OK, this is where we rejoin my project, already in progress…
***NOTICE: Anti-Hollywood Rant Complete***
I got around the Remote Disc problem with an application called FairMount. It runs on the optical-drive-containing Mac Mini upstairs to turn the copy-protected DVD into a non-protected virtual hard drive containing all the files on the DVD. This virtual hard drive can be accessed over the network in order to rip the DVD using the fast, non-optical-drive Mac Mini. The system works great. I actually like that I have to go upstairs every half hour (or hour, depending on the quality of the ripping I choose) to switch discs. I call it geexercise.
HandBrake is the application that does the ripping. It has lots of presets for the level of quality and the playback device you intend to use. It does a great job and has a lot of options if you care to delve into them.
One thing that annoys me about HandBrake is that you have to go into the settings every time to choose “deinterlace.” It seems like that should be included in the preset conditions for iPhone, iPad, AppleTV, and the like, which are progressive displays.
HANDY TIP: I made it easier by creating my own preset whose only condition is “fast deinterlace” so it inherits all the resolution and quality conditions previously chosen, and simply adds the deinterlacing.
HandBrake’s authors also have a good sense of humor. The application’s icon is a tropical drink and a pineapple and when a conversion is complete, the popup notification says “Put down that cocktail…”
As part of the project, I wanted to be able to keep track of everything. There are lots of iPhone apps that will do that (IMAGINE!). They scan the bar code on the DVD package and load the information and cover art into a database. Some have a free version that has certain restrictions, like only doing 20 DVDs, and if you like how it works, you can pay for it (most are $2.99) to unlock full functionality. Some of these DVD cataloging apps have sister-apps (also paid) that catalog other things: One for CDs, one for video games, and so on.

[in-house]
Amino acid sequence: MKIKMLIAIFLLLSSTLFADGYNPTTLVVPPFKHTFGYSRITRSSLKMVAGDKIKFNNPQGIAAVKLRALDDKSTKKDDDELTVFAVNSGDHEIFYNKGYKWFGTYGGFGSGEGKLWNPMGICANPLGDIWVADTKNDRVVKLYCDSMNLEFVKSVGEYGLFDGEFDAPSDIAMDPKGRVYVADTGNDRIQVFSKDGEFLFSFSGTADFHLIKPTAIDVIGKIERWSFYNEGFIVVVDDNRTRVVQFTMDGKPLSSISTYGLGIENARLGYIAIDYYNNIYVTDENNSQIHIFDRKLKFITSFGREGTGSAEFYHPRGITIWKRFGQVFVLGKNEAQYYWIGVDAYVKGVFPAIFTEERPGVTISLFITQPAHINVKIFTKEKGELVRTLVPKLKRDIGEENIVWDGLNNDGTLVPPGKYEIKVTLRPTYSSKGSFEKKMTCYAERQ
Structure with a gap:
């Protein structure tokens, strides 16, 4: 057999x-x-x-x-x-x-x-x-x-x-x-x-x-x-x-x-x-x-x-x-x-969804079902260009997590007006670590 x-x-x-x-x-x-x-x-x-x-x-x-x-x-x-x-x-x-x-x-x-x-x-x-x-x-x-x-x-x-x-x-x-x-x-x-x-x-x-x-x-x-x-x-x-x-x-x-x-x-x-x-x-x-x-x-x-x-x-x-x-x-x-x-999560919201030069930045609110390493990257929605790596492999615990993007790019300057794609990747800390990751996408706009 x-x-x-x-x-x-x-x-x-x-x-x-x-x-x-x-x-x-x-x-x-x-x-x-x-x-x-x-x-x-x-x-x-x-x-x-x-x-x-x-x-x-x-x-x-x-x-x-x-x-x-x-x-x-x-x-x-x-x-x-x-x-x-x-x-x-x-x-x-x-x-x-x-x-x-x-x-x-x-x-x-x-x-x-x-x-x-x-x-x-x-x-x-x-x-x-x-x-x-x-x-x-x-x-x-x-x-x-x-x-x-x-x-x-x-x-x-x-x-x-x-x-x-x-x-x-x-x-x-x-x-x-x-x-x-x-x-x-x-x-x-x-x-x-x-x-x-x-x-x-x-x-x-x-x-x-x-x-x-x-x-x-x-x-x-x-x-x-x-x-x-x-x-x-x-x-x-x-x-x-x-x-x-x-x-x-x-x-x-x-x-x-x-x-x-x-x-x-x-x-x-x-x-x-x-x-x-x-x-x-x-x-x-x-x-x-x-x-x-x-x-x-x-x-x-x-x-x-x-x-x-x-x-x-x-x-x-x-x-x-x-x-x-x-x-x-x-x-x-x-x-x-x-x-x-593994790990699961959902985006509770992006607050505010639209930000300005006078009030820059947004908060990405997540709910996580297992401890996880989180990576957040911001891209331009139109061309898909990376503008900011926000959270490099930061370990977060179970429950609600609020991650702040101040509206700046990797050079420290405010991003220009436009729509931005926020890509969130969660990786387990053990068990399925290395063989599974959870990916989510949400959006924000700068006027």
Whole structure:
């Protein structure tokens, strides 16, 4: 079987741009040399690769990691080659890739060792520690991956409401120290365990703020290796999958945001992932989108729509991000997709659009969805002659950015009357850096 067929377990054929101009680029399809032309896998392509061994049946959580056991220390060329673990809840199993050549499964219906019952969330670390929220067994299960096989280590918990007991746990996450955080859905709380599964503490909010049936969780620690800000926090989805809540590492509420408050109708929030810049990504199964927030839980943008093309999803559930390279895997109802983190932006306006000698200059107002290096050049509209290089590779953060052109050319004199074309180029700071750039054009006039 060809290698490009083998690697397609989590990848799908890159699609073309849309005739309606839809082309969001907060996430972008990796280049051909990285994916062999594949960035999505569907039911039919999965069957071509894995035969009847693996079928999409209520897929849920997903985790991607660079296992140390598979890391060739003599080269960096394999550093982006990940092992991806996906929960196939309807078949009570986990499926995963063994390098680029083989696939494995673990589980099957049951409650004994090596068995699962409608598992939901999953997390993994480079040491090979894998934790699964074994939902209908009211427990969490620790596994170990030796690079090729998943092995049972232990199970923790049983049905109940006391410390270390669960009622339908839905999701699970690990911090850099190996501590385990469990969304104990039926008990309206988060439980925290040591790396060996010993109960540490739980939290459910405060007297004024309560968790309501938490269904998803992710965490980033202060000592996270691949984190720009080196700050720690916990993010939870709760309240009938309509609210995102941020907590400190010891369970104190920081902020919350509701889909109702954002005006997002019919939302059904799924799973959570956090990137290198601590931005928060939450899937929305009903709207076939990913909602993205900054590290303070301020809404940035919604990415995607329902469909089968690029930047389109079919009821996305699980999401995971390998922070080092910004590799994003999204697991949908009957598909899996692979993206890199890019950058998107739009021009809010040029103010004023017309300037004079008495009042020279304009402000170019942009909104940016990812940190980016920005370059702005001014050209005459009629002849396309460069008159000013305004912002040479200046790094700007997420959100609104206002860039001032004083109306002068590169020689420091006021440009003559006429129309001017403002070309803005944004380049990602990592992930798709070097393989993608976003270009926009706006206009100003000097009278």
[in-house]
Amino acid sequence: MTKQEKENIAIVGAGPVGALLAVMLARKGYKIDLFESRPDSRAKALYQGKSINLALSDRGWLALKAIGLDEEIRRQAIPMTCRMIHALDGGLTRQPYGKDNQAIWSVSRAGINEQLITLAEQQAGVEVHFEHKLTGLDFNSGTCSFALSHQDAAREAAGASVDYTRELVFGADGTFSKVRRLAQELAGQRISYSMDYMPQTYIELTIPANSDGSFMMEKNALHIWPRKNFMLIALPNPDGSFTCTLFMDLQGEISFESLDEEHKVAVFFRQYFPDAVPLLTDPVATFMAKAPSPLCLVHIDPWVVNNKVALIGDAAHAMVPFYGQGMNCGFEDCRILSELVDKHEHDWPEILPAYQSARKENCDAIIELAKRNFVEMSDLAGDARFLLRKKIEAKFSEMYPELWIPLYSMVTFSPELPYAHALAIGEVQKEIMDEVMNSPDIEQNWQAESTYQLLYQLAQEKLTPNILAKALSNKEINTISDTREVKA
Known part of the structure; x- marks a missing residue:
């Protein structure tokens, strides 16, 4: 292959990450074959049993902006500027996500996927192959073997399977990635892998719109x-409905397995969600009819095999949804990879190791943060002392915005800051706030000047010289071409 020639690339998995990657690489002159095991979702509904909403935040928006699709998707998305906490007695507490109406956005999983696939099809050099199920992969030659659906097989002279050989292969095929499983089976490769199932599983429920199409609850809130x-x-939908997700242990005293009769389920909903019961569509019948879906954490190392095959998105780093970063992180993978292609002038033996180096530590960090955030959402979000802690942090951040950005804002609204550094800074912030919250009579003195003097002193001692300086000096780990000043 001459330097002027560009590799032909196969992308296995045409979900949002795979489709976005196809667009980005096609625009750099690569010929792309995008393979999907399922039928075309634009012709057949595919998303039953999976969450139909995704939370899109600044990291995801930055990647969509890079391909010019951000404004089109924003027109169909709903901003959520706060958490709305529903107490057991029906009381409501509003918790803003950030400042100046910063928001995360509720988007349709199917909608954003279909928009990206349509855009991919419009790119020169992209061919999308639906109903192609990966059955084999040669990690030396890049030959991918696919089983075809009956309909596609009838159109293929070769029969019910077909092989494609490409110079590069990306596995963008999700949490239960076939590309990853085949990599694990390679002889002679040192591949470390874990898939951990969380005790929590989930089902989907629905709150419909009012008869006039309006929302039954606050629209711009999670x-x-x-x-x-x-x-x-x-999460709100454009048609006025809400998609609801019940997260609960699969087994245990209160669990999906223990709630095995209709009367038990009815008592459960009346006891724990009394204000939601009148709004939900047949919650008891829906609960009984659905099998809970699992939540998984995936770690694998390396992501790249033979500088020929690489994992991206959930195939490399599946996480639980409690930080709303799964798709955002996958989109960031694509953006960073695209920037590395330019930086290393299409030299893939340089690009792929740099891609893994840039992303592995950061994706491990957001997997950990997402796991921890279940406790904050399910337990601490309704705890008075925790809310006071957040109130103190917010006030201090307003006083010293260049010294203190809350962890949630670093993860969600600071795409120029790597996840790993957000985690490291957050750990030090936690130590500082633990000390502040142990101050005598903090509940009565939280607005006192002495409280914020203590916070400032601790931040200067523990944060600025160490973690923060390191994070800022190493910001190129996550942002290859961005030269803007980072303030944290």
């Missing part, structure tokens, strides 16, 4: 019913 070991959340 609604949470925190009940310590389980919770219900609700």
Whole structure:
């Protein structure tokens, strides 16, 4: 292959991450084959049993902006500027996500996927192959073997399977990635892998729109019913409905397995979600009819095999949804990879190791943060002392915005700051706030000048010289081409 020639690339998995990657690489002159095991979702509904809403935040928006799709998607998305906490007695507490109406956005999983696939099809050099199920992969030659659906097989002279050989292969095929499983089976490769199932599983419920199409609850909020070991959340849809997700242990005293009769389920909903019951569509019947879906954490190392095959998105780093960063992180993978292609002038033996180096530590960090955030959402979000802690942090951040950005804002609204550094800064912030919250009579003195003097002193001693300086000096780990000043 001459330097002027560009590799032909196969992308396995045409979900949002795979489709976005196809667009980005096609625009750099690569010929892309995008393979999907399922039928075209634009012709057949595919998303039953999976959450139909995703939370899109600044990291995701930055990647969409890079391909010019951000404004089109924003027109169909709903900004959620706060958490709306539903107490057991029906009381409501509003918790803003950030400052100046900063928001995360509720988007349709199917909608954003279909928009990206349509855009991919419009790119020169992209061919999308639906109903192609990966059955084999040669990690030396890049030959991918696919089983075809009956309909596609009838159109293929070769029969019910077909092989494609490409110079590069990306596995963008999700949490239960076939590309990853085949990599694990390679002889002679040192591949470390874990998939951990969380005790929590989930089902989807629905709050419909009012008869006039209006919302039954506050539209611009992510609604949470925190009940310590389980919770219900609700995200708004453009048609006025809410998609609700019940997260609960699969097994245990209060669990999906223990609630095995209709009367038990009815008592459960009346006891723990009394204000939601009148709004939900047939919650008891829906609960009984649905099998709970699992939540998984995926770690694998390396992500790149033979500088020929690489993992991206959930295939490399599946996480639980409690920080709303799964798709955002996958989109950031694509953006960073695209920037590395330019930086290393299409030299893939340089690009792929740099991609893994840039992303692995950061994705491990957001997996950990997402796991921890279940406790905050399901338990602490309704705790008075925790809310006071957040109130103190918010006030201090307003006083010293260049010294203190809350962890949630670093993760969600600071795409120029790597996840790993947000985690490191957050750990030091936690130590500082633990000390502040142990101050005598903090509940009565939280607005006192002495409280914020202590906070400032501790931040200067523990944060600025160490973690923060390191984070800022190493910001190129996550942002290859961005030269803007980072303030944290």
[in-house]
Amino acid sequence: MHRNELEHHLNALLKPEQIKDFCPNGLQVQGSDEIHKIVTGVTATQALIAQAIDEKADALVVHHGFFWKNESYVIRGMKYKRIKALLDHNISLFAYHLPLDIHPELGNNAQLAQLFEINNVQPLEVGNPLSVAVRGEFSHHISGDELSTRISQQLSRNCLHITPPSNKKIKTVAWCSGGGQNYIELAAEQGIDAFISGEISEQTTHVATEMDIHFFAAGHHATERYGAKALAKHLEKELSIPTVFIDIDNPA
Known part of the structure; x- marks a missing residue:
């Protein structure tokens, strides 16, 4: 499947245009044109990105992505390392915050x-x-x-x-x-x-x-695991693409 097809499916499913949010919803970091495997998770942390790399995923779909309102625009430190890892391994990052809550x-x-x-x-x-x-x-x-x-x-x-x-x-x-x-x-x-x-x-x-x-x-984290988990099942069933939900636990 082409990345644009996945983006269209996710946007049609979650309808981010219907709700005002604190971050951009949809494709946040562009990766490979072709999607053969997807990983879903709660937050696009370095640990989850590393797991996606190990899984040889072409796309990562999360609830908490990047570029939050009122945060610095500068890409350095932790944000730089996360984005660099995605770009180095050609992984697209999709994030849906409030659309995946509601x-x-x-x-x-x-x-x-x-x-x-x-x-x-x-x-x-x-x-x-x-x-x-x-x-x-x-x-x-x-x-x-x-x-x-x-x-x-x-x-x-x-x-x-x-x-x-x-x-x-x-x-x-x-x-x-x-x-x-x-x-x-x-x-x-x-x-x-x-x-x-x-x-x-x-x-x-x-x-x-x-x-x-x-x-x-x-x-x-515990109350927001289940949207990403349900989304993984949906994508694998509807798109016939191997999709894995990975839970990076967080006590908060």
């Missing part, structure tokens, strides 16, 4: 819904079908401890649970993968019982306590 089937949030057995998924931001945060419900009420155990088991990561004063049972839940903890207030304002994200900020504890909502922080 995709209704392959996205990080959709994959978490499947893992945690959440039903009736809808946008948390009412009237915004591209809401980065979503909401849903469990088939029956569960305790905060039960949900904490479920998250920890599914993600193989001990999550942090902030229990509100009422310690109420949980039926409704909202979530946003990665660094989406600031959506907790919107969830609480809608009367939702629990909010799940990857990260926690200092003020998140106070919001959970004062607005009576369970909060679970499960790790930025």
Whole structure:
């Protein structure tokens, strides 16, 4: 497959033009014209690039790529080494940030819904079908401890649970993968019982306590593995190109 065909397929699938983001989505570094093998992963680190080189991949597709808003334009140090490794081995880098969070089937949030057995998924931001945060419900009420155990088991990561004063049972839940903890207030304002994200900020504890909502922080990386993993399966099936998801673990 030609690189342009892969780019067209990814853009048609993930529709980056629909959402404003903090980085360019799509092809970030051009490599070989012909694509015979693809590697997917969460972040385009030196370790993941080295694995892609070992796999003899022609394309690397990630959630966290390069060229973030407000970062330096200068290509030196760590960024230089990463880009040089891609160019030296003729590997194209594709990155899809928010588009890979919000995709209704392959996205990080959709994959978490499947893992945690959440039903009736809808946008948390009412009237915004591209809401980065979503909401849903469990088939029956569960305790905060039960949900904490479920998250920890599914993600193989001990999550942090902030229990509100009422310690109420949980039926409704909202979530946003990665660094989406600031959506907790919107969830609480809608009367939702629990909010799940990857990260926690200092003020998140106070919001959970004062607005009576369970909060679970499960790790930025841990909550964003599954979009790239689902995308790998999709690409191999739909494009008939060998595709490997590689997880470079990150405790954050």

I found a free app called ItemShelf (pictured above) that is not restricted in the number of DVDs it catalogs. It’s not even restricted to just DVDs, although that’s all I’m using it for. It has “Smart Shelves” which organize your items based on the tags you give them. That’s useful for keeping track of which DVDs have been ripped as well as characteristics like widescreen and fullscreen (blech!).
Another great feature is the Dropbox integration. You can back up the database to your Dropbox at the tap of a button. If you don’t have Dropbox (or if you’re a belt-and-suspenders type), you can back up the database to your local computer as well.
You should definitely back up early and often. Learn from my mistake: When I had about 20 DVDs cataloged, I decided to change my Smart Shelf system. I deleted both of my Smart Shelves and all the DVDs I had scanned in were deleted, too. If I had backed up, I could have simply restored the database and rearranged my system differently by renaming the shelves and changing the tags they collect. Instead, I had to re-scan and re-tag them.
In conclusion, you know what they say:
"When the computer’s a-rippin’, keep on sippin’!" *
* No one says that
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- nicky36 said: I so agree with the rant part.
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- redcloud said: I think “non-legitimate” in your third bullet point should be in quotes, too. Fair use is legitimate, whatever tool you have to use.